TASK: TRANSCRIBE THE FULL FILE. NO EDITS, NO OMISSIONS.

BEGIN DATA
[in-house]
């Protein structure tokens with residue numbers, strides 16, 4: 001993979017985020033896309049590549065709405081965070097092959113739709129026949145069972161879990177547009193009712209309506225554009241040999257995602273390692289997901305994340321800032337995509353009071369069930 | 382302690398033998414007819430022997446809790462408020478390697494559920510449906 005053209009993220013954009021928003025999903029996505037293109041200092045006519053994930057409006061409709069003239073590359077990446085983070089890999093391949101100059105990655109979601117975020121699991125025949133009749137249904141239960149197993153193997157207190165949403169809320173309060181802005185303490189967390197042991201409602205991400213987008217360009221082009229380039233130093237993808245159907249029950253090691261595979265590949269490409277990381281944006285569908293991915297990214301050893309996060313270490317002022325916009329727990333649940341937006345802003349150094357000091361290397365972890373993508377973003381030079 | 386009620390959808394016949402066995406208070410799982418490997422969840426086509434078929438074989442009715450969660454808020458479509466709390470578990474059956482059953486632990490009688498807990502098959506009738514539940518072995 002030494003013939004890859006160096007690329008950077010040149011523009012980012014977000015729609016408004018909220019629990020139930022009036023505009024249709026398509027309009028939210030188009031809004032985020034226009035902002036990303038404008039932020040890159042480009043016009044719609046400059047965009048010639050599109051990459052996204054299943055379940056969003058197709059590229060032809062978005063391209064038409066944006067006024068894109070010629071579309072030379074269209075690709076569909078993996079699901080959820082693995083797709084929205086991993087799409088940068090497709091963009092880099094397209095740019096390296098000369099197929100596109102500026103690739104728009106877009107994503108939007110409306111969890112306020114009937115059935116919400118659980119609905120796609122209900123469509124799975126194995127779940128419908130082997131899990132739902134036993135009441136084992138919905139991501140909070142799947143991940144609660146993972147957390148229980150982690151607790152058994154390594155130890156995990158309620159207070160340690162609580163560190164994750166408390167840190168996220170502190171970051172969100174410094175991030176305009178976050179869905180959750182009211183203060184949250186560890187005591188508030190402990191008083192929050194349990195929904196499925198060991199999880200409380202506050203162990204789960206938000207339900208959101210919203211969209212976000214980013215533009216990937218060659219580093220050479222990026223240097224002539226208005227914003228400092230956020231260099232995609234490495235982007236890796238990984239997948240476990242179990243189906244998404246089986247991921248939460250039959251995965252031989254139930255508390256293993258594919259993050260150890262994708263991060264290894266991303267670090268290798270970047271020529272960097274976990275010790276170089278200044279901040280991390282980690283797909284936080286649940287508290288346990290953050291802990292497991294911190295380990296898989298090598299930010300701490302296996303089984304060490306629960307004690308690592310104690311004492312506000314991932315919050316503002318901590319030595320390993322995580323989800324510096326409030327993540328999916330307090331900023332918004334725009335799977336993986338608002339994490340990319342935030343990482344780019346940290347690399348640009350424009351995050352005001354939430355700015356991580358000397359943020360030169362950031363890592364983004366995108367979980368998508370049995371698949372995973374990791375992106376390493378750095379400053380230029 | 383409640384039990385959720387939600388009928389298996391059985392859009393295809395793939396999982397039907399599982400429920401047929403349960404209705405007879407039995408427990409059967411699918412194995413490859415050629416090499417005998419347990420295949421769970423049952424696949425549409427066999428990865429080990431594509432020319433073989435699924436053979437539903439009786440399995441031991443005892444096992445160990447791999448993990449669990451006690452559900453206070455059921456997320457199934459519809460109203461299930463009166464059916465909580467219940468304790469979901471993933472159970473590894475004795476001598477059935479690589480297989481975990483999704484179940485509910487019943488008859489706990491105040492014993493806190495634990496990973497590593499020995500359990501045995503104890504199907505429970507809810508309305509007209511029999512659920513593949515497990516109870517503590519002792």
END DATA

[in-house]
């Protein structure tokens with residue numbers, strides 16, 4: 001993979017985020033896309049590549065709405081965070097092959113739709129026949145069972161879990177547009193009712209309506225554009241040999257995602273390692289997901305994340321800032337995509353009071369069930 | 382302690398033998414007819430022997446809790462408020478390697494559920510449906 005053209009993220013954009021928003025999903029996505037293109041200092045006519053994930057409006061409709069003239073590359077990446085983070089890999093391949101100059105990655109979601117975020121699991125025949133009749137249904141239960149197993153193997157207190165949403169809320173309060181802005185303490189967390197042991201409602205991400213987008217360009221082009229380039233130093237993808245159907249029950253090691261595979265590949269490409277990381281944006285569908293991915297990214301050893309996060313270490317002022325916009329727990333649940341937006345802003349150094357000091361290397365972890373993508377973003381030079 | 386009620390959808394016949402066995406208070410799982418490997422969840426086509434078929438074989442009715450969660454808020458479509466709390470578990474059956482059953486632990490009688498807990502098959506009738514539940518072995 002030494003013939004890859006160096007690329008950077010040149011523009012980012014977000015729609016408004018909220019629990020139930022009036023505009024249709026398509027309009028939210030188009031809004032985020034226009035902002036990303038404008039932020040890159042480009043016009044719609046400059047965009048010639050599109051990459052996204054299943055379940056969003058197709059590229060032809062978005063391209064038409066944006067006024068894109070010629071579309072030379074269209075690709076569909078993996079699901080959820082693995083797709084929205086991993087799409088940068090497709091963009092880099094397209095740019096390296098000369099197929100596109102500026103690739104728009106877009107994503108939007110409306111969890112306020114009937115059935116919400118659980119609905120796609122209900123469509124799975126194995127779940128419908130082997131899990132739902134036993135009441136084992138919905139991501140909070142799947143991940144609660146993972147957390148229980150982690151607790152058994154390594155130890156995990158309620159207070160340690162609580163560190164994750166408390167840190168996220170502190171970051172969100174410094175991030176305009178976050179869905180959750182009211183203060184949250186560890187005591188508030190402990191008083192929050194349990195929904196499925198060991199999880200409380202506050203162990204789960206938000207339900208959101210919203211969209212976000214980013215533009216990937218060659219580093220050479222990026223240097224002539226208005227914003228400092230956020231260099232995609234490495235982007236890796238990984239997948240476990242179990243189906244998404246089986247991921248939460250039959251995965252031989254139930255508390256293993258594919259993050260150890262994708263991060264290894266991303267670090268290798270970047271020529272960097274976990275010790276170089278200044279901040280991390282980690283797909284936080286649940287508290288346990290953050291802990292497991294911190295380990296898989298090598299930010300701490302296996303089984304060490306629960307004690308690592310104690311004492312506000314991932315919050316503002318901590319030595320390993322995580323989800324510096326409030327993540328999916330307090331900023332918004334725009335799977336993986338608002339994490340990319342935030343990482344780019346940290347690399348640009350424009351995050352005001354939430355700015356991580358000397359943020360030169362950031363890592364983004366995108367979980368998508370049995371698949372995973374990791375992106376390493378750095379400053380230029 | 383409640384039990385959720387939600388009928389298996391059985392859009393295809395793939396999982397039907399599982400429920401047929403349960404209705405007879407039995408427990409059967411699918412194995413490859415050629416090499417005998419347990420295949421769970423049952424696949425549409427066999428990865429080990431594509432020319433073989435699924436053979437539903439009786440399995441031991443005892444096992445160990447791999448993990449669990451006690452559900453206070455059921456997320457199934459519809460109203461299930463009166464059916465909580467219940468304790469979901471993933472159970473590894475004795476001598477059935479690589480297989481975990483999704484179940485509910487019943488008859489706990491105040492014993493806190495634990496990973497590593499020995500359990501045995503104890504199907505429970507809810508309305509007209511029999512659920513593949515497990516109870517503590519002792």